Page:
I jumped to my feet and slammed my palms on his desk. "But I didn't do anything!"
"Then tell us the truth," Reggie demanded.
"I didn't do anything! I wasn't even there!" I insisted.
"Please remain calm. We just want to get to the bottom of this horrific crime," Fox spoke up.
My eyes flickered to him. "Why? What's it to you?"
"Miss Ulric," Reggie warned me.
I returned my attention to Reggie and waved a hand at Fox. "You're a reporter. Aren't you curious to know why your boss is so interested in five murdered guys?"
"You seem to have overplayed your hand, Miss Ulric," Fox commented.
I started back and glared at him. "What do you mean?"
"The police haven't released the number of victims, and yet you know exactly how many were murdered," he told me.
"So do you," I retorted.
He chuckled. "Like the newspapers, I have my sources. I can also attest to the validity of Mr. Regis' sources."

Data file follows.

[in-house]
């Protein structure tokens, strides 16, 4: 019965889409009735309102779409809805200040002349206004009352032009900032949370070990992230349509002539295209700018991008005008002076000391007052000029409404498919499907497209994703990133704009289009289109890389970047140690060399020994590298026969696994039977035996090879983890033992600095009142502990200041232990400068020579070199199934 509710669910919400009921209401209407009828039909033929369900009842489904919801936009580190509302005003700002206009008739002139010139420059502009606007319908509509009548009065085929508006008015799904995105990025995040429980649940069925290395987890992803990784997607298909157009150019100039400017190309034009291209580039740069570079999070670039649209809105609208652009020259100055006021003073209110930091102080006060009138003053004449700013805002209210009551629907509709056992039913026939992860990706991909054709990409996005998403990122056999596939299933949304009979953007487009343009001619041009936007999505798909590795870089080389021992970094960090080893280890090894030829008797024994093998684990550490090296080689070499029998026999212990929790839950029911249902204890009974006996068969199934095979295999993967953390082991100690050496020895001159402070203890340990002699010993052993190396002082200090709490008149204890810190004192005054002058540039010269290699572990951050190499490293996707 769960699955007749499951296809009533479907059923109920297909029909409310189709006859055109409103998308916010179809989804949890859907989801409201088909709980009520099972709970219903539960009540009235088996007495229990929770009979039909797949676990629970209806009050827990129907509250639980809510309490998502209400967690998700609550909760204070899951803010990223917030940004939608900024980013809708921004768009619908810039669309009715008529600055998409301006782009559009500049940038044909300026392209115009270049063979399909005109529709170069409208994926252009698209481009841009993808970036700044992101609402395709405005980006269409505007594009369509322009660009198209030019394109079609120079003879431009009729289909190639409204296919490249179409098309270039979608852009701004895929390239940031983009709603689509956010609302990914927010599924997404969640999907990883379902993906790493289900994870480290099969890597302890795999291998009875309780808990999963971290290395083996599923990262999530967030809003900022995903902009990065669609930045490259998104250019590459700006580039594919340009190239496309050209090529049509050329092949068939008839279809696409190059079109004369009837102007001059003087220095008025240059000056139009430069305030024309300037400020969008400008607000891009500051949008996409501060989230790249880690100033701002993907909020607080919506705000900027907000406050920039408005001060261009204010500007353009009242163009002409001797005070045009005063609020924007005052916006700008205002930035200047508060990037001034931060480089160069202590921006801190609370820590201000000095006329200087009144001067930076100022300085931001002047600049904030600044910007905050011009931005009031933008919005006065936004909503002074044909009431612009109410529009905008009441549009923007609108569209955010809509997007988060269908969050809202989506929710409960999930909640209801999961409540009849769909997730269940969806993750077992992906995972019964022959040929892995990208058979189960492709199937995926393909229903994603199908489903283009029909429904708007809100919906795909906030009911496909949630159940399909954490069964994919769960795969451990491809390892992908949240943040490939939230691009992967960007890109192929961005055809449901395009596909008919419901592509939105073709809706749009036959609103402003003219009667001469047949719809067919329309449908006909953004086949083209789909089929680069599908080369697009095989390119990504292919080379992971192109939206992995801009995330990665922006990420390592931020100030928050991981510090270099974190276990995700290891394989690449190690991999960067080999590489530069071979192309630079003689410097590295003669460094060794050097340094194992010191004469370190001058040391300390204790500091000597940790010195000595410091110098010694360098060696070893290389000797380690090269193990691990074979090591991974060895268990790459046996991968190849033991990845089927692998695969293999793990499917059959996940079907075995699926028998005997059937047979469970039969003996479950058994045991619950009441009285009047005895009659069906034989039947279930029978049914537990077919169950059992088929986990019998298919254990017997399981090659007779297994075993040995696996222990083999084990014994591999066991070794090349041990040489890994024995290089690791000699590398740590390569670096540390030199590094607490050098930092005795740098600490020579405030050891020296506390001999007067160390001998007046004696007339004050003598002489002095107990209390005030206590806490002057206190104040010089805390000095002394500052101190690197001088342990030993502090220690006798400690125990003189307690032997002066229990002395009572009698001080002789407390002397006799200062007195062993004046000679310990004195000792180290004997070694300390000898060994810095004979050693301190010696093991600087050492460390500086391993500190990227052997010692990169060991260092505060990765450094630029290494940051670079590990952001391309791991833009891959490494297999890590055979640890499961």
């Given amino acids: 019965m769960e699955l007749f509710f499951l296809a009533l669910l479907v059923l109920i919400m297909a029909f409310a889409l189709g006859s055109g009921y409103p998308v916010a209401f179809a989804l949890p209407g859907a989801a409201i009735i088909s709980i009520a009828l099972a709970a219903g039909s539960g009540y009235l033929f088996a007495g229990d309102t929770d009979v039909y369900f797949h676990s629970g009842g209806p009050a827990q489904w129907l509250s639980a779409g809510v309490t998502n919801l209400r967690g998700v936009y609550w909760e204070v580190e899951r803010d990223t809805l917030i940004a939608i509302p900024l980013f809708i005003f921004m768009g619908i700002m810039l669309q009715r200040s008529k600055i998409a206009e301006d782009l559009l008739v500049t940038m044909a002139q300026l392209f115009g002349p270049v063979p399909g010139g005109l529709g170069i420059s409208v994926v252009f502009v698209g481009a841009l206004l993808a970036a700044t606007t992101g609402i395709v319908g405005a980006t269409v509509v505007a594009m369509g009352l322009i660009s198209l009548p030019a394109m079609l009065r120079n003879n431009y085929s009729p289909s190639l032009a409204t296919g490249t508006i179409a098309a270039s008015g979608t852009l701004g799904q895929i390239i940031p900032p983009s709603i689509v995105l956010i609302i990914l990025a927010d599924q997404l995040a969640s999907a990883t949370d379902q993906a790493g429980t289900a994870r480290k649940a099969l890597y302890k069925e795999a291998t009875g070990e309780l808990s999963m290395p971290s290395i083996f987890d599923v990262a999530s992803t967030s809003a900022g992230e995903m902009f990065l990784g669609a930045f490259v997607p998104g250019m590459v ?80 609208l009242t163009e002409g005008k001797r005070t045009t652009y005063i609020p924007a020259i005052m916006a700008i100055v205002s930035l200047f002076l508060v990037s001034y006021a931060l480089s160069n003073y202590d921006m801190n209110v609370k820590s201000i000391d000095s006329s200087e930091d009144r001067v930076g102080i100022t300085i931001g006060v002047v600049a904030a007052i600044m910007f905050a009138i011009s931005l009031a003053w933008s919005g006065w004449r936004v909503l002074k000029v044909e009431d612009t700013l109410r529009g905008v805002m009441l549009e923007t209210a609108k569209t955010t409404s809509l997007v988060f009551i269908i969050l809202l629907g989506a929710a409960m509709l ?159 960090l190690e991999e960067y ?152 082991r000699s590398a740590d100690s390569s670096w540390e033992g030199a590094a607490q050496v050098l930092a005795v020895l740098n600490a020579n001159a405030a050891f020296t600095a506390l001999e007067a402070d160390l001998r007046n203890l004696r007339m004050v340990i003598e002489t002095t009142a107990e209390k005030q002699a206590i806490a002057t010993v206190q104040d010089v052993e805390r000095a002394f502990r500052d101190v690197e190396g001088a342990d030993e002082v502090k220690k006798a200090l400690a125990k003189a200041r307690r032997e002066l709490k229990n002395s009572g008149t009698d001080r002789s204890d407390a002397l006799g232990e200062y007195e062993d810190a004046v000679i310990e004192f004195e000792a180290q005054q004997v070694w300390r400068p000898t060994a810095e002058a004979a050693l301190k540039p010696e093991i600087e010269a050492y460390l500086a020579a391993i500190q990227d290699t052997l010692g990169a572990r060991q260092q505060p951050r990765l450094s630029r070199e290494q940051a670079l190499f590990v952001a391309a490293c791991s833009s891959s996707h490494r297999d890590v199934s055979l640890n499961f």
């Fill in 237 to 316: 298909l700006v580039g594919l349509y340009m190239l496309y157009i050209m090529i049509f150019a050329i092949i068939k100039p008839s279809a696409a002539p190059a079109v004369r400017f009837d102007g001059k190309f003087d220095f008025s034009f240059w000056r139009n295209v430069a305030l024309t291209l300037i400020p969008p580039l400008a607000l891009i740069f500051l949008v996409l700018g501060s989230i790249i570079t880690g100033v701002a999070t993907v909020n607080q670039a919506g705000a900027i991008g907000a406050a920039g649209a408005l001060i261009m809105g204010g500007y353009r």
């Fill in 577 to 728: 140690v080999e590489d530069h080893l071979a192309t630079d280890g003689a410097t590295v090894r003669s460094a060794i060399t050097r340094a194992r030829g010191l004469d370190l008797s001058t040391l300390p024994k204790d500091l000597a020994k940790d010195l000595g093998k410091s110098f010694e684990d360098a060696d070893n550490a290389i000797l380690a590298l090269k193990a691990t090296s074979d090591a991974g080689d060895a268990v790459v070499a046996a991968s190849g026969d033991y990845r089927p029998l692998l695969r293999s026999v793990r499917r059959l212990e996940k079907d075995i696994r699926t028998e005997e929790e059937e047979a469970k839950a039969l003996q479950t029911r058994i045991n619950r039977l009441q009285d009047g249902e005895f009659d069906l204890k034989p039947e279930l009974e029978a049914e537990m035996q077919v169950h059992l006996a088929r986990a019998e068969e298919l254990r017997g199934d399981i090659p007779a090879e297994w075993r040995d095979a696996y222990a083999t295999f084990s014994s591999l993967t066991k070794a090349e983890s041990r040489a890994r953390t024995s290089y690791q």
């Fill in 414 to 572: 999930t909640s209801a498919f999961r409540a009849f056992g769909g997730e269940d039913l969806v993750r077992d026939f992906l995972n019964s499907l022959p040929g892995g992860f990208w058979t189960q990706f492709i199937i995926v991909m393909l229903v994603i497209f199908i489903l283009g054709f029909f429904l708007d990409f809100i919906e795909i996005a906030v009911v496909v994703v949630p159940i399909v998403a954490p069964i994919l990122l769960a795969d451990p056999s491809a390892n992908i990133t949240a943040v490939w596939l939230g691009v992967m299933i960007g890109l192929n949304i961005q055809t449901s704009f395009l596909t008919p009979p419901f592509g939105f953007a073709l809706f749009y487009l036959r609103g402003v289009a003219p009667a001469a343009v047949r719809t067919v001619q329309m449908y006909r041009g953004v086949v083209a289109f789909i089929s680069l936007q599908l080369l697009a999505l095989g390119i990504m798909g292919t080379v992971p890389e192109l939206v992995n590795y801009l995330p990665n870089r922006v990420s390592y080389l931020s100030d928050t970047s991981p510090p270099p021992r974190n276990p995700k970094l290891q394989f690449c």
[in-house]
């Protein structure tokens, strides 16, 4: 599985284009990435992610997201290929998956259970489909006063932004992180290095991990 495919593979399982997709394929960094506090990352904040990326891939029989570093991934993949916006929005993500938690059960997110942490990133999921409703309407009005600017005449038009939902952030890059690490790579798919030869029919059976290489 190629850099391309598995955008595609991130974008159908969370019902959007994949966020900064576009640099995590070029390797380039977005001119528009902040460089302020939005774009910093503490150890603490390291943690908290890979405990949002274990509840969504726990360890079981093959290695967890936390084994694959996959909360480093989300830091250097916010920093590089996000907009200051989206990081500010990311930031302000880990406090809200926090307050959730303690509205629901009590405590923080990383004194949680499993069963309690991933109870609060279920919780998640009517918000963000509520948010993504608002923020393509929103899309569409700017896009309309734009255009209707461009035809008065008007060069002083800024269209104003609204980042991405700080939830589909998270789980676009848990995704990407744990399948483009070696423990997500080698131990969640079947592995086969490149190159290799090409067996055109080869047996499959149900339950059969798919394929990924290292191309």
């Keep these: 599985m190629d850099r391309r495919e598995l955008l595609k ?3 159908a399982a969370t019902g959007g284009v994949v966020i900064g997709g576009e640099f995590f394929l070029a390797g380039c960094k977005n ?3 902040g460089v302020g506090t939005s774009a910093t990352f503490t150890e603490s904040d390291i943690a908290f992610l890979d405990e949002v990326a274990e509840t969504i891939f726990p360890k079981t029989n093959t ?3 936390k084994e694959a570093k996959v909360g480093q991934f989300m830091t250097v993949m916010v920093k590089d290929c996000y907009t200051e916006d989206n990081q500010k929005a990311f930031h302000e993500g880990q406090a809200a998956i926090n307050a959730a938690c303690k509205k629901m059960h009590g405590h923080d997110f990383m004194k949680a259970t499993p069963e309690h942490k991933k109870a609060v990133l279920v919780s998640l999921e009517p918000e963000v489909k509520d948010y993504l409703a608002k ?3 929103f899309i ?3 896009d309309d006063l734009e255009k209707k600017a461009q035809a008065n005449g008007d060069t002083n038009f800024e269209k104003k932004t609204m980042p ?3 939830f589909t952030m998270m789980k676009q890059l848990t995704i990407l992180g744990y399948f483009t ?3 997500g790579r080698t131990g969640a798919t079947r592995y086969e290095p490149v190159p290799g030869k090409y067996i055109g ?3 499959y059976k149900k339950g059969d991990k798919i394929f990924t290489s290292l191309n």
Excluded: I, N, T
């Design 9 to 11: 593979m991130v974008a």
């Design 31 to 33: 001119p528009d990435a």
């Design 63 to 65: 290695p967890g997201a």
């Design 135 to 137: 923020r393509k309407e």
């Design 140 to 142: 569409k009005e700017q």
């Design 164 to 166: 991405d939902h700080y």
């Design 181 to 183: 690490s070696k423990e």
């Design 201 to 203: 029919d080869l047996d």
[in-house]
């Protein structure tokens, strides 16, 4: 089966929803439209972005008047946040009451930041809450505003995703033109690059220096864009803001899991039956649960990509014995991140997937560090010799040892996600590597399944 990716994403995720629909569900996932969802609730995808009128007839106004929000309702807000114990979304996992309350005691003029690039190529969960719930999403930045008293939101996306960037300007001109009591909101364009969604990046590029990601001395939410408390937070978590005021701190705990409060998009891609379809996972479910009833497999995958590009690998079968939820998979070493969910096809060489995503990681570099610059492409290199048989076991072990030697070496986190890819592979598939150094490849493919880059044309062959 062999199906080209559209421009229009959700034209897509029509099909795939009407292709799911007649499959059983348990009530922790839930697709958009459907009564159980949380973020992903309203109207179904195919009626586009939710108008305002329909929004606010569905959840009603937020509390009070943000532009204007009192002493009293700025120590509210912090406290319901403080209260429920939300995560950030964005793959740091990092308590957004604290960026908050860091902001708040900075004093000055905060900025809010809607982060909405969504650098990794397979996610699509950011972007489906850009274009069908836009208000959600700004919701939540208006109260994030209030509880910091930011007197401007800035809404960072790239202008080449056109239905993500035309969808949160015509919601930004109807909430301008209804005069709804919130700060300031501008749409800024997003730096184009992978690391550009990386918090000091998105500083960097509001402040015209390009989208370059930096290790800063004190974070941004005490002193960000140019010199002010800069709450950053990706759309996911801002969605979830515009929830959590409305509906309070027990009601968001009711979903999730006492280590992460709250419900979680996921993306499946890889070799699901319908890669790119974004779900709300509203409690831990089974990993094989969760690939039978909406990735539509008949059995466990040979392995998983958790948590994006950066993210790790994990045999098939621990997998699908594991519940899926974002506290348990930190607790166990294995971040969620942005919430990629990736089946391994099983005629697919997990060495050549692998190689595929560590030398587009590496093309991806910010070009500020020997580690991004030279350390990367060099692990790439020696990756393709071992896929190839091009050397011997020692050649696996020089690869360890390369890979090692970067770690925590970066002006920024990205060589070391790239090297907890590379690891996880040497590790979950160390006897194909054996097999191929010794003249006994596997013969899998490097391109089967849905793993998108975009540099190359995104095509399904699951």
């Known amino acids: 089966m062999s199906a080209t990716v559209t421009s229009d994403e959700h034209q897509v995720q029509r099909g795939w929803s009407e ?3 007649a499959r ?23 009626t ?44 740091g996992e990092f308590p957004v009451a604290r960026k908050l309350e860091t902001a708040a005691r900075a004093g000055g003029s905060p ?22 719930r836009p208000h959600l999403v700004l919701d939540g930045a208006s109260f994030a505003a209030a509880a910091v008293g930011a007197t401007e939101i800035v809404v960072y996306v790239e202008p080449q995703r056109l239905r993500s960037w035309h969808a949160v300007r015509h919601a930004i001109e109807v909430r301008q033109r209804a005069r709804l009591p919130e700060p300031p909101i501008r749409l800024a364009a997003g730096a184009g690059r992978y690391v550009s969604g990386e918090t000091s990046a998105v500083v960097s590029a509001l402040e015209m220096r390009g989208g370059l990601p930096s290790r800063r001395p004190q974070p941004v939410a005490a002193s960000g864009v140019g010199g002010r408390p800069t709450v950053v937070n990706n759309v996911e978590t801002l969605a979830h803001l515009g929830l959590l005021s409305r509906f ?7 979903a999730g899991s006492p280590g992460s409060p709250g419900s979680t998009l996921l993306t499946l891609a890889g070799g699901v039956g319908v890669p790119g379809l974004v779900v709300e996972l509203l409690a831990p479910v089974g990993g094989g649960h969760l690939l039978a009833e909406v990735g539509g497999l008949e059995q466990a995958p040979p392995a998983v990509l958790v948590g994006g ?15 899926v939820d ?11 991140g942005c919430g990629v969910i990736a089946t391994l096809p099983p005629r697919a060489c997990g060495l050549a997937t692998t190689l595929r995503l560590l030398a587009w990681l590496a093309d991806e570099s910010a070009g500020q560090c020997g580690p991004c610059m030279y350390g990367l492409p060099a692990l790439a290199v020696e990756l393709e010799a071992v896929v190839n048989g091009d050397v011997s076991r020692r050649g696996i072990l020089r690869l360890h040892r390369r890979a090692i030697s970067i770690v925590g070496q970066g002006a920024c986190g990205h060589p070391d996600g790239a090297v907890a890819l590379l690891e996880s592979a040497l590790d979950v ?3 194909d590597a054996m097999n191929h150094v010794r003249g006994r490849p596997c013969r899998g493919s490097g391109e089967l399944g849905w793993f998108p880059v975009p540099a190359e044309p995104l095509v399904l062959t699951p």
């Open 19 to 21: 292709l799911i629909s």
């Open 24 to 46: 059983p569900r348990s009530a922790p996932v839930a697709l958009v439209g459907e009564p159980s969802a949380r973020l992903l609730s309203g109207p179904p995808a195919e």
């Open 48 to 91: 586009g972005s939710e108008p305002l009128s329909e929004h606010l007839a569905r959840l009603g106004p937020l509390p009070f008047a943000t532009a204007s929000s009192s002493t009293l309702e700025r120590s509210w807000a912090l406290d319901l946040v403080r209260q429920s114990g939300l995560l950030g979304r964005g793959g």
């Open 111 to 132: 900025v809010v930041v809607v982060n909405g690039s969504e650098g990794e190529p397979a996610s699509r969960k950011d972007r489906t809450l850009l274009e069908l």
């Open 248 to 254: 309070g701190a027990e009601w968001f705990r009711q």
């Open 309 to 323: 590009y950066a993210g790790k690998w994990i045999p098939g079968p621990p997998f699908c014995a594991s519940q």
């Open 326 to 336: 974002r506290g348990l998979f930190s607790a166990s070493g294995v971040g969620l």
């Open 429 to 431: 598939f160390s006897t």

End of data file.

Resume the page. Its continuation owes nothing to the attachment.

My eyes flickered between the two men. "Those sources don't happen to be the same, do they?" I questioned them.
Reggie's frown deepened. He leaned back in his chair and entwined his hands together. "Miss Ulric, I will ask one more time. Do you know anything about the incident last night near your home?"
I looked him in the eyes with a firm gaze. "I have no idea what attacked those men."
Reggie tilted his head towards Fox. The man folded his arms across his chest and shrugged. "Then we thank you for your time, Miss Ulric."
"You can go back to work," Reggie ordered me.
I stood and walked to the door, but paused at the entrance and half-turned back to the men. "Either of you happen to sic your investigators on my apartment building?"
Fox raised an eyebrow. "No, why?"
I shrugged. "Just wondering."
I slipped from the room and their prying eyes and questions.